This past week I found myself stepping into the role of “mentor”. Project leader, supervisor, or teacher, I have now had experience with, but mentor is a label that I am still learning to adjust to. My surprise comes from the fact that it has only been 3 years since I earned my Masters degree — and 2 years since I began my current position as supervisor of collection development and cataloguing. Yet, as I spend more time with current LIS students, I realize that the transition from librarian-in-training to bona fide librarian is an experience in itself.
From the shadowing student I met on Wednesday to the incoming Masters students that I spoke with at Thursday night’s Meet and Greet, all were interested to hear about my work, and even more interested when they learned that (1) I am an alumna of the school, and (2) I graduated pretty recently.
So what have I been able to share about being a “next gen” librarian?
Think broadly .
I enrolled in the Information Studies program because I knew I would gain a set of really useful, employable skills, and not because I had the absolute intention of becoming a librarian.
In grad school, I took a variety of courses from public services, reference, to technical services. I took courses geared towards various types of libraries, and wasn’t afraid to enroll in courses just for fun, like Readers’ Advisory. I made sure that my coursework as a whole included both theoretical and practical components.
Since graduation, I’ve found that I have been able to use something from almost every class I took, in the job that I do now. My background in history and political science, from my pre-LIS days, has also been useful.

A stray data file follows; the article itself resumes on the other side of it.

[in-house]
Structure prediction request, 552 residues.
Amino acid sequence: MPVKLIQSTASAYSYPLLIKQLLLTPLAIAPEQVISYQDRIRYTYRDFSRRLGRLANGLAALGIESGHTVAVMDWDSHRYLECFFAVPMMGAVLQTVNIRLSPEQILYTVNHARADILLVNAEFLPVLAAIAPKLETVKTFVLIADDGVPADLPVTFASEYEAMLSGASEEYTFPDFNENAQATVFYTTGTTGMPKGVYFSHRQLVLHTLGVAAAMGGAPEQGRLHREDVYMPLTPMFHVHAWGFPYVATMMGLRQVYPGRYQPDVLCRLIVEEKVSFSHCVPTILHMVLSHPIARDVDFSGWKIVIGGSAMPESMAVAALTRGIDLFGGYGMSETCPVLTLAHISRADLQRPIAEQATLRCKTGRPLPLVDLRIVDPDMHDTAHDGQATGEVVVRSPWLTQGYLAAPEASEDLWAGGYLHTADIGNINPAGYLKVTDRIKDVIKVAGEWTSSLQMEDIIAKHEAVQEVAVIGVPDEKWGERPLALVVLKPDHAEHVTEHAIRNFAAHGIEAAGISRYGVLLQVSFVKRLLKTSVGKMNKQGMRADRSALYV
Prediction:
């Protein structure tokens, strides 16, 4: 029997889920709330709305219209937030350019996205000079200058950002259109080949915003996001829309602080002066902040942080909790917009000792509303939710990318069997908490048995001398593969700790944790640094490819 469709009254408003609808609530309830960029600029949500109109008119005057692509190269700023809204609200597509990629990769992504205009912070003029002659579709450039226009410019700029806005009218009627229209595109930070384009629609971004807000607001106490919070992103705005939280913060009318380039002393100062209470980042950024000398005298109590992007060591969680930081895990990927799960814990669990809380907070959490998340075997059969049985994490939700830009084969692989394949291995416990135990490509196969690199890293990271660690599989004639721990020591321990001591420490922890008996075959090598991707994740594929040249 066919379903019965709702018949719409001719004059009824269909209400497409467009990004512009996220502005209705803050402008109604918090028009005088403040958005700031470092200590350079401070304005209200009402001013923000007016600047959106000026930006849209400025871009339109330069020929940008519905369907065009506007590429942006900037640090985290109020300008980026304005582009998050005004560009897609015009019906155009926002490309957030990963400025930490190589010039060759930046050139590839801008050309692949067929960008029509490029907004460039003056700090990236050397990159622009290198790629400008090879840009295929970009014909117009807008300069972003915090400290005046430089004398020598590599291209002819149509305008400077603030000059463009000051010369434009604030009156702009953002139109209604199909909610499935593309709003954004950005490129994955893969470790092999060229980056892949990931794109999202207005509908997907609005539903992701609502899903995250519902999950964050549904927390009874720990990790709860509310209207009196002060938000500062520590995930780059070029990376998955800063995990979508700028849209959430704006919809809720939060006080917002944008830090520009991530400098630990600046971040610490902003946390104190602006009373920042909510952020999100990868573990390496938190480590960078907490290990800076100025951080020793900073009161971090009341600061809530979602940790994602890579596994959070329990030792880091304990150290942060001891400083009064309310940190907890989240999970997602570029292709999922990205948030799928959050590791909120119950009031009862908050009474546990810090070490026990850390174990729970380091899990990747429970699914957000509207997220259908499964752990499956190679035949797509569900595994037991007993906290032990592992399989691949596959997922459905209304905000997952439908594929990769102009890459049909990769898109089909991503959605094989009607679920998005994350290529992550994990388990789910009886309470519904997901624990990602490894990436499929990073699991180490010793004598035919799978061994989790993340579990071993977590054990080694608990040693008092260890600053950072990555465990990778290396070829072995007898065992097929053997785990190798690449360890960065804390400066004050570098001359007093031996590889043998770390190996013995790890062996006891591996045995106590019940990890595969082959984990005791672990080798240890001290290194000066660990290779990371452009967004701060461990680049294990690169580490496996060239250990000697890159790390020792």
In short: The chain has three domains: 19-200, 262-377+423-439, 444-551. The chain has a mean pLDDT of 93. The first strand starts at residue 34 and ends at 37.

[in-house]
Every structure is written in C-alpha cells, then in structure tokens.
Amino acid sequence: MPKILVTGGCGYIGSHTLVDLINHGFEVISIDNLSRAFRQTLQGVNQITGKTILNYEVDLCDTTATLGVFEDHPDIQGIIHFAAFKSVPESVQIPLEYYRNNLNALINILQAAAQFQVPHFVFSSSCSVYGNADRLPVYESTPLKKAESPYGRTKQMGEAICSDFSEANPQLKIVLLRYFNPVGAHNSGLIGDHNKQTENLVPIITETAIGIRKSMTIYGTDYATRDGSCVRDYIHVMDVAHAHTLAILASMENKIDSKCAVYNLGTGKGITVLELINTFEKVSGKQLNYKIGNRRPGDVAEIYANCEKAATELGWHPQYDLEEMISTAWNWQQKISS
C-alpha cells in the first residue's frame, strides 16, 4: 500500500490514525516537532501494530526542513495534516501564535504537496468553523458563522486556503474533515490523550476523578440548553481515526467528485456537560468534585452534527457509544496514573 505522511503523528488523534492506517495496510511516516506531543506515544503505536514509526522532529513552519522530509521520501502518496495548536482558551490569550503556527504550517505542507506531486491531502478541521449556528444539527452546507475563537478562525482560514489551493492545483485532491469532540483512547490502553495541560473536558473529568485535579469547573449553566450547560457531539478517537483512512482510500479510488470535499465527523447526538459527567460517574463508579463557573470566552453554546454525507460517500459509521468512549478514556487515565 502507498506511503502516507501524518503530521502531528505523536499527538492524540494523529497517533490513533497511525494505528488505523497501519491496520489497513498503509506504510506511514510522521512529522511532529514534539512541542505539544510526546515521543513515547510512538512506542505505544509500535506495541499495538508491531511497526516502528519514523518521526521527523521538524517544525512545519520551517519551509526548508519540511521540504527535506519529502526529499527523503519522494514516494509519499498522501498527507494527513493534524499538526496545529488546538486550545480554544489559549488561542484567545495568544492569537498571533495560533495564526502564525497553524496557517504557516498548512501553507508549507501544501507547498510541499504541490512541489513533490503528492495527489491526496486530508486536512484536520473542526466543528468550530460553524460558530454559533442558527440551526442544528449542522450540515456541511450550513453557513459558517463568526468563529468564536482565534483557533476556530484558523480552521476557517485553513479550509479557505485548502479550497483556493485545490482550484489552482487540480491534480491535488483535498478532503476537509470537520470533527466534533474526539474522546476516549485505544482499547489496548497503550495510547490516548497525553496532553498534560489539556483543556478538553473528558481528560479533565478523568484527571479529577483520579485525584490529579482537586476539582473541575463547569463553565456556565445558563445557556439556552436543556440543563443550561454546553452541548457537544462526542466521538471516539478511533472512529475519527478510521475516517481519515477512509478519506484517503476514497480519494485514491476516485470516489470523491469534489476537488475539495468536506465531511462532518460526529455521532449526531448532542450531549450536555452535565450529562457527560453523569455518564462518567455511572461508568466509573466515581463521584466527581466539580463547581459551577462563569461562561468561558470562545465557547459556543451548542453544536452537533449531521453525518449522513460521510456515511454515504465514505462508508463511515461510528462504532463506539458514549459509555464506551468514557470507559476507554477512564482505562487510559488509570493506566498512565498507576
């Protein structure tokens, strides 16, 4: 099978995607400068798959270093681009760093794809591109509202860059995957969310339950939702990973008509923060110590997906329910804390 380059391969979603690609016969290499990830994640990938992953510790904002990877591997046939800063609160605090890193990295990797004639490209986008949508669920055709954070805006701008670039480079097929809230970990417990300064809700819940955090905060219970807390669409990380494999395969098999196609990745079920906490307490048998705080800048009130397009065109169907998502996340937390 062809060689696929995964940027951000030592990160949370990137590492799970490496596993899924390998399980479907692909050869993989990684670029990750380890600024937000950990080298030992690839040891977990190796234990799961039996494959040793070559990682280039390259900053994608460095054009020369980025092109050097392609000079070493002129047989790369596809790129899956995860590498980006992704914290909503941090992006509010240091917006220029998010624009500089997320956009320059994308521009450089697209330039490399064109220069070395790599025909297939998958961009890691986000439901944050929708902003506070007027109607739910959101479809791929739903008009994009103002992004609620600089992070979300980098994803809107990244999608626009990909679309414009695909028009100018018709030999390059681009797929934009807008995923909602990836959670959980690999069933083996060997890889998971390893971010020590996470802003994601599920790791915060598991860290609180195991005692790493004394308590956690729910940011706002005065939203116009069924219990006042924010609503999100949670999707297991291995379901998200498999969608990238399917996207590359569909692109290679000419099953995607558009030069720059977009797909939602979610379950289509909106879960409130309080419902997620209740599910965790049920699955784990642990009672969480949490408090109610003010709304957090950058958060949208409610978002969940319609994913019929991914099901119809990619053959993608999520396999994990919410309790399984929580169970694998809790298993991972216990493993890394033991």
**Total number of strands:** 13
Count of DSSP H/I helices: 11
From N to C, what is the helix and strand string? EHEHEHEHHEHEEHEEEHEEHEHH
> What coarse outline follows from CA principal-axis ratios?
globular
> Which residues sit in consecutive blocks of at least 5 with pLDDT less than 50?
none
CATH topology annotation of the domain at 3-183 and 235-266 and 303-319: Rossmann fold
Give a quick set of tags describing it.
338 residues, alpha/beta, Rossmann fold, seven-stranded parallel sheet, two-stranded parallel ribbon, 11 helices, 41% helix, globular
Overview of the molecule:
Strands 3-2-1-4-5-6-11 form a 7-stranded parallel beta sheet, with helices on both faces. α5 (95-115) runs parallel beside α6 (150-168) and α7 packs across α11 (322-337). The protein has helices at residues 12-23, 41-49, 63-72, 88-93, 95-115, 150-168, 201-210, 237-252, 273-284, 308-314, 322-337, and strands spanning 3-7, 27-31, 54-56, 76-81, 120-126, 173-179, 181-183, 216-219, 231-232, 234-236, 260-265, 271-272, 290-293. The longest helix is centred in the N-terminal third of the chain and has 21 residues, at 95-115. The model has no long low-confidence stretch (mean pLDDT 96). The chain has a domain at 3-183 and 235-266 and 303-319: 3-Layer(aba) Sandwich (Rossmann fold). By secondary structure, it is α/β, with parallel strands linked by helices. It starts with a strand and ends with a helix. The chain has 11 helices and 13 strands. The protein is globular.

Be open to any opportunity.
After graduation, I accepted two short-term project contracts. Even though they were 5 months and 6 months long, with no promise of permanence, I took them on because of the experience that they would provide me. Accepting those contracts turned out to be some of the best decisions I’ve ever made: my performance during those contracts opened the door to my current position.
Find a mentor.
Someone who understands what it is like to be just starting out as an academic librarian is a definite must in a mentor, but he/she must also be someone who encourages you to go beyond your comfort zone.
Embrace the challenges.
Speaking of comfort zones, every new experience is an opportunity to build new skills and become a stronger professional. Ever since I started working as a librarian, I have jumped into things that have been terrifying, but ultimately rewarding. From approaching faculty, to writing for the masses, to presenting at conferences, to teaching, to running weekly tutorials, I have learned that a little fear at the beginning is never a bad thing. Overcoming the fear is a prize in itself!